Christine: It’s a lot more fun to just laugh through it, and notice it, and find it interesting.
Jenn: Right. Right. Exactly.
Christine: Go with that attitude than like, holy heck.
Jenn: Yeah. I just have to laugh.
Christine: I wanted to say more, but I’m going to keep the explicit off. All right. Jenn, what is one piece of advice you would like to give to future empty nest women, like where you are right now?
Jenn: I guess my one piece of advice that I have found amazing through this journey, is that, and this is so wonderful that you have created this podcast, because people don’t talk about it. We talk about what to expect when you’re expecting, or we do, “Oh, you should walk by the time you’re one.”
Jenn: Or you know, like potty training and all this, but all of a sudden, we get to this spot, and no one really talks about it, and even how emotional it is regardless of what your relationship is with your child, because we’re also in a place we’re getting older and even coming to find out what does this mean to us? We’re no longer a full-time mom, knowing every single move that they’re making, or even responsible for that. It’s just talk about it. Find a friend. I might be open because I make a joke out of it, but it’s something I feel like you’re kind of walking along the street and it comes around the corner and just hits you, and no one really talks about it. We’re very proud of them, but there’s also this emotional part of it, that we all have to as women, especially, just learn and grown through together. It’s okay to cry. It’s okay to not cry. It’s okay to smell pillows. It’s okay to not know really what you’re role is now, you know, in life.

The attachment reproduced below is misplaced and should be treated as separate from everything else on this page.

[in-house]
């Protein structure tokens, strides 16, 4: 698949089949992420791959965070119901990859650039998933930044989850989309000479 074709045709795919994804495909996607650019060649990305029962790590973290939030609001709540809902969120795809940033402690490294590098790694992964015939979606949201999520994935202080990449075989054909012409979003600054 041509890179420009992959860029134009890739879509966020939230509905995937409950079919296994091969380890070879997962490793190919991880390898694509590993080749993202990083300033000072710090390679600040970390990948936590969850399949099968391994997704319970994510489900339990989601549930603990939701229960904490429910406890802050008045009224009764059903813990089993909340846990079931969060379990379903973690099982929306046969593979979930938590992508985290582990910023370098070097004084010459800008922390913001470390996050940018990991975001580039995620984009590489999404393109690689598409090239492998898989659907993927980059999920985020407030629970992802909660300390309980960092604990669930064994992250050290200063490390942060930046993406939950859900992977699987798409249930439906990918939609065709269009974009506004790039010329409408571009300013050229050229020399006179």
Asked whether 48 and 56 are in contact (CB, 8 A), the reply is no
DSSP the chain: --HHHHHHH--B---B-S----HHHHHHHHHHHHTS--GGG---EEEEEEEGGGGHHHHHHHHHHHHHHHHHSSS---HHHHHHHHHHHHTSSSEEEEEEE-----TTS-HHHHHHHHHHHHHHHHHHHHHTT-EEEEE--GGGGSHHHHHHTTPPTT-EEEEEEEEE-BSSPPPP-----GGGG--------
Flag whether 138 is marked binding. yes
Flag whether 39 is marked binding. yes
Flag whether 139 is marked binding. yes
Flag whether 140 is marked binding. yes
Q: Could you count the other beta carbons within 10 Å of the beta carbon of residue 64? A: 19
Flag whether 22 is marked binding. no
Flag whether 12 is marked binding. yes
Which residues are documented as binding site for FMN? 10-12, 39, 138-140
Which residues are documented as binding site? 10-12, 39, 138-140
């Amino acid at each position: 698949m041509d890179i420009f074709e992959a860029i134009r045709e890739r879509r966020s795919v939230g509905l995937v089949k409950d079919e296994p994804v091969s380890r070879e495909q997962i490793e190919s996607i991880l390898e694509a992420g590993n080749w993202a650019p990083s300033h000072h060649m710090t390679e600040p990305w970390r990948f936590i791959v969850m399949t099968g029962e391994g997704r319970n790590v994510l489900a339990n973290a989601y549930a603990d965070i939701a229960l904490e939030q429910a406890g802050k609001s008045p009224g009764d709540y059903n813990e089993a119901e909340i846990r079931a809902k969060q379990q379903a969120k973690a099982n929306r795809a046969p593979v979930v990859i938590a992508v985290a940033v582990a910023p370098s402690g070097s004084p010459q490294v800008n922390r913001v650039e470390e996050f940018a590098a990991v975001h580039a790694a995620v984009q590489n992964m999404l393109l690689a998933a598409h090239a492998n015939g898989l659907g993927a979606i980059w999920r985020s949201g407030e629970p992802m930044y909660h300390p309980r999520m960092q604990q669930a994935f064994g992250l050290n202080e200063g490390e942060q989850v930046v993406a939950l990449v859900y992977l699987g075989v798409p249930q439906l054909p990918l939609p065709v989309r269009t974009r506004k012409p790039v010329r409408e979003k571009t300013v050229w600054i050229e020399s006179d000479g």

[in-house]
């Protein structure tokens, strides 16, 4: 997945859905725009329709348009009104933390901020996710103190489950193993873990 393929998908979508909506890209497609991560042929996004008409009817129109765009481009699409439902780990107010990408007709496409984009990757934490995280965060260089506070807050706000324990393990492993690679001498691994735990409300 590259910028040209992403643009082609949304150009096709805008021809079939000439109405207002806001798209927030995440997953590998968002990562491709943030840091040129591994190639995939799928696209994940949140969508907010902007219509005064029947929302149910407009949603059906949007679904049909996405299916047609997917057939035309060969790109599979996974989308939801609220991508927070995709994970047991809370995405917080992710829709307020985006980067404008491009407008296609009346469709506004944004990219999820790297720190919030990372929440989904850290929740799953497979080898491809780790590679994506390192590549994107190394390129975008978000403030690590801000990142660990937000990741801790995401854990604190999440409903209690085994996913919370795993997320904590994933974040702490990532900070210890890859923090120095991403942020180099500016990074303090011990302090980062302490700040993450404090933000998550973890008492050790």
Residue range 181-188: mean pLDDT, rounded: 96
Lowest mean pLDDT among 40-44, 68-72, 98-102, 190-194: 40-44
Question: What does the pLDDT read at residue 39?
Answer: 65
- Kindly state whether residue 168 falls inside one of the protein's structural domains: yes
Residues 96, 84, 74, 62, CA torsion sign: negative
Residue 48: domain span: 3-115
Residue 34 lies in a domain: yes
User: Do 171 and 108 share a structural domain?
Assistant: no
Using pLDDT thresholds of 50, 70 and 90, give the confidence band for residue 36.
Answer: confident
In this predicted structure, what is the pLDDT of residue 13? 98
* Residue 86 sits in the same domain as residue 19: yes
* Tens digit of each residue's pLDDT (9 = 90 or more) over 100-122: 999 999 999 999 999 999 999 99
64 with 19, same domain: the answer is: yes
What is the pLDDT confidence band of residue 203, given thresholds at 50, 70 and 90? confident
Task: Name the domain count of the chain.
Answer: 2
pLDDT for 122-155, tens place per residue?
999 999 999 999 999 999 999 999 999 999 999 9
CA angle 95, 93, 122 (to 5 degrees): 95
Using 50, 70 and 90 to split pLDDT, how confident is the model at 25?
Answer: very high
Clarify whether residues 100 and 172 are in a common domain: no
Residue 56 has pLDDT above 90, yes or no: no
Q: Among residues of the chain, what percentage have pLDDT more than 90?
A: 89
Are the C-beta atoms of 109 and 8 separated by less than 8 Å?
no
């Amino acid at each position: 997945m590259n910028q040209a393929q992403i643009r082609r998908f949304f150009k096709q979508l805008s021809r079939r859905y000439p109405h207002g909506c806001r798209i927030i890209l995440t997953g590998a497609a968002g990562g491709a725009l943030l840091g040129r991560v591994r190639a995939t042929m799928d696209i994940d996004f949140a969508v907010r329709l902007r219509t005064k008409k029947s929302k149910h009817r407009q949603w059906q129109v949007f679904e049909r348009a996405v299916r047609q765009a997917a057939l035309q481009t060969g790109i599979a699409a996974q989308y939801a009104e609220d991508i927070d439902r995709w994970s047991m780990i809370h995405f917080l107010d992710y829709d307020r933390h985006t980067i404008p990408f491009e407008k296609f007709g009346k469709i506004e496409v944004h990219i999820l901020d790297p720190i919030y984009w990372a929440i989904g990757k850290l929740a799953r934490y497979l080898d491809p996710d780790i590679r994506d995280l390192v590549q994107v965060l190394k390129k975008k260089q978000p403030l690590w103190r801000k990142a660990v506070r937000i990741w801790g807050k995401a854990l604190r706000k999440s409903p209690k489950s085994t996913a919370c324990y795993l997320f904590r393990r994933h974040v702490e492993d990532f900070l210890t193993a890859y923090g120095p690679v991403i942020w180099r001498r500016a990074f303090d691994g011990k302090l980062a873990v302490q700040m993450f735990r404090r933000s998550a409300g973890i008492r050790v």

Christine: Yeah. Yes. It is okay, and it’s a lot. Yes. Talk about it. That’s great. Great advice. Thank you. I was so thrown by how awesome that was, Jenn.
Jenn: What you’re doing is awesome, because no one talks about it, and sometimes you just feel like you’re losing your mind. Like, you don’t know where to put all the emotions.
Christine: It’s true. It does. You’re right. It hits you at the strangest, strangest moment.
Christine: Like you think you have all your stuff together.
Christine: You’re like, “I’ve got this,” and it’s just something dumb. Like you get in the car and you’re used to having a conversation with them in the car, at a certain time.